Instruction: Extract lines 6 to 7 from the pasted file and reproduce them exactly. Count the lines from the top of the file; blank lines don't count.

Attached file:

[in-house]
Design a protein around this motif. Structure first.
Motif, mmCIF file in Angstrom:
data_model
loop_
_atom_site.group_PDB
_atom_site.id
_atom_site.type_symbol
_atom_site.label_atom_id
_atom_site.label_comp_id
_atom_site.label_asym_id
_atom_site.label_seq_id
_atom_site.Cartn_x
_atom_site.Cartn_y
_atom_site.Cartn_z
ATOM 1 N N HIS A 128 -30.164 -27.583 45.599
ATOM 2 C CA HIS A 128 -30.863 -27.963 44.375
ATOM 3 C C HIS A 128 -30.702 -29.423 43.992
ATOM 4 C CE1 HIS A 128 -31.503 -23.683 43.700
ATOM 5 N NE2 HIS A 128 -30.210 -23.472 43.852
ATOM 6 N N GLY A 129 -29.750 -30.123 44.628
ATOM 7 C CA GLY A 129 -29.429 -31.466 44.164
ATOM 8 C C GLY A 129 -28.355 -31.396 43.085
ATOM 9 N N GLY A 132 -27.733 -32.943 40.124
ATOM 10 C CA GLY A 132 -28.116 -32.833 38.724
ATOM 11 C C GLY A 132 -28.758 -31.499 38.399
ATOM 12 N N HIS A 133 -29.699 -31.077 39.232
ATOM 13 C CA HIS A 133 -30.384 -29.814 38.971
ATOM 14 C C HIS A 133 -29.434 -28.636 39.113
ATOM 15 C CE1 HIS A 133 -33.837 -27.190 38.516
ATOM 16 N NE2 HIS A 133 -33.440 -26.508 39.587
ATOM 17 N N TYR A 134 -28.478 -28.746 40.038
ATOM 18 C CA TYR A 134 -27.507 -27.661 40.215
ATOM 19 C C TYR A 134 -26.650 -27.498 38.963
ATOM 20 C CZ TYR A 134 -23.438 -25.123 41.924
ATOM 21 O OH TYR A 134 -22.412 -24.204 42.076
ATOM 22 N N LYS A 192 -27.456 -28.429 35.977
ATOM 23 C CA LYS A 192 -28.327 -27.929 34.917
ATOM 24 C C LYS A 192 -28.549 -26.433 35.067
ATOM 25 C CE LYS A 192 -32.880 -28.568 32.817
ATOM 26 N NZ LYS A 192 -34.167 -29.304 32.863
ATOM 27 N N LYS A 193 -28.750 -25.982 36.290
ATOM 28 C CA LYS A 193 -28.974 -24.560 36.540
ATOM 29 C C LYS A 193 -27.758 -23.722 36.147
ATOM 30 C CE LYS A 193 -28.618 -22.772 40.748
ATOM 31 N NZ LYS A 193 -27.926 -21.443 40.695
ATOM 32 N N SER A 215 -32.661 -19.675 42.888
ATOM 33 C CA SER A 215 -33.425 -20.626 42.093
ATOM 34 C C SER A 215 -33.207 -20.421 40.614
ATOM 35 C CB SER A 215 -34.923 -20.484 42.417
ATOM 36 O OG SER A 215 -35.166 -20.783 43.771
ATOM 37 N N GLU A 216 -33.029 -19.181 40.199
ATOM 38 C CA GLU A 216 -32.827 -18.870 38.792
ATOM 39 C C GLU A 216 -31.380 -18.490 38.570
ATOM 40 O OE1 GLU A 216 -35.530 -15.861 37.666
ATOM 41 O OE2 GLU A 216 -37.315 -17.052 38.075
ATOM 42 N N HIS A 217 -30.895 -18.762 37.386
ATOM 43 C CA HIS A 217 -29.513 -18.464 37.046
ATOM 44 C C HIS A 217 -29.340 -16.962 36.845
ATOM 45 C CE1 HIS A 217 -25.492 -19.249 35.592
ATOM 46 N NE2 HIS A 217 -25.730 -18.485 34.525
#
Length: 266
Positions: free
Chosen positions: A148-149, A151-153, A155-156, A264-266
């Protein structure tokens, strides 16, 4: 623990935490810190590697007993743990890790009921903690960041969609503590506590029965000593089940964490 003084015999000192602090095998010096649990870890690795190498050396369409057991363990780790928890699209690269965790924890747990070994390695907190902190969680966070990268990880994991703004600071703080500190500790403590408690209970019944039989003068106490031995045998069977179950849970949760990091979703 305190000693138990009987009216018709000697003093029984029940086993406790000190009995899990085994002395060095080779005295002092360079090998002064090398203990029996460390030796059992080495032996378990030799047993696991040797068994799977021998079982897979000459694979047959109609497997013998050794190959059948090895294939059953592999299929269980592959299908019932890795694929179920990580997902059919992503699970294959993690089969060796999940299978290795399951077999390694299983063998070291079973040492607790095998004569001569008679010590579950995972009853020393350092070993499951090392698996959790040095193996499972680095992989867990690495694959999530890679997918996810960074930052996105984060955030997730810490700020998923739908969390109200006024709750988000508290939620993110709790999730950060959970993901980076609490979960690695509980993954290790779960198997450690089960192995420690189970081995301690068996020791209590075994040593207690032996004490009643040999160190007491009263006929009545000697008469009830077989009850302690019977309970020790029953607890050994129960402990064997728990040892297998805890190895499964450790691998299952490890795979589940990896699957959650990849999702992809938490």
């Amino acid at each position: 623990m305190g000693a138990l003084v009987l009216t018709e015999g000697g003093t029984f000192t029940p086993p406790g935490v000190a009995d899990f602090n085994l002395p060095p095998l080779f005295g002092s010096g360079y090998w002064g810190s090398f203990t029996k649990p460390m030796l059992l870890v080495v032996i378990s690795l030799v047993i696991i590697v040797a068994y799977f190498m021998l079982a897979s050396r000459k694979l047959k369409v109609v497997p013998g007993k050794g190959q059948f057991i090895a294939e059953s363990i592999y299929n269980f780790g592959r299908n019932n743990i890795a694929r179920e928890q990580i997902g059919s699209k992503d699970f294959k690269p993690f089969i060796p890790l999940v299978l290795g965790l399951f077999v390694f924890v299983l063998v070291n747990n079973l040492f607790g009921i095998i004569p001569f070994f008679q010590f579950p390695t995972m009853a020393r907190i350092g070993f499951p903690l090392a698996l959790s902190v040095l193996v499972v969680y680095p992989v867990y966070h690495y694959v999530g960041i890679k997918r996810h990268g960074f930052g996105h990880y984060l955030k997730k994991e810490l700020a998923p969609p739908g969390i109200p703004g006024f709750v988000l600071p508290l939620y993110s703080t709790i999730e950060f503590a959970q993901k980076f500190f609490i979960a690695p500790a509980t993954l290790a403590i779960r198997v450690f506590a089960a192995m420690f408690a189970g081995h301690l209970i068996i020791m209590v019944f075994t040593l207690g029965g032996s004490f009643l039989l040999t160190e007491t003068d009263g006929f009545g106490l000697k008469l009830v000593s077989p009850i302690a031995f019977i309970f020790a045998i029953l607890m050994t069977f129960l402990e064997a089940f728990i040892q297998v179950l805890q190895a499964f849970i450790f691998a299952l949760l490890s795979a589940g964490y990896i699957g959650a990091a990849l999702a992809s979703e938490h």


_atom_site.group_PDB
_atom_site.id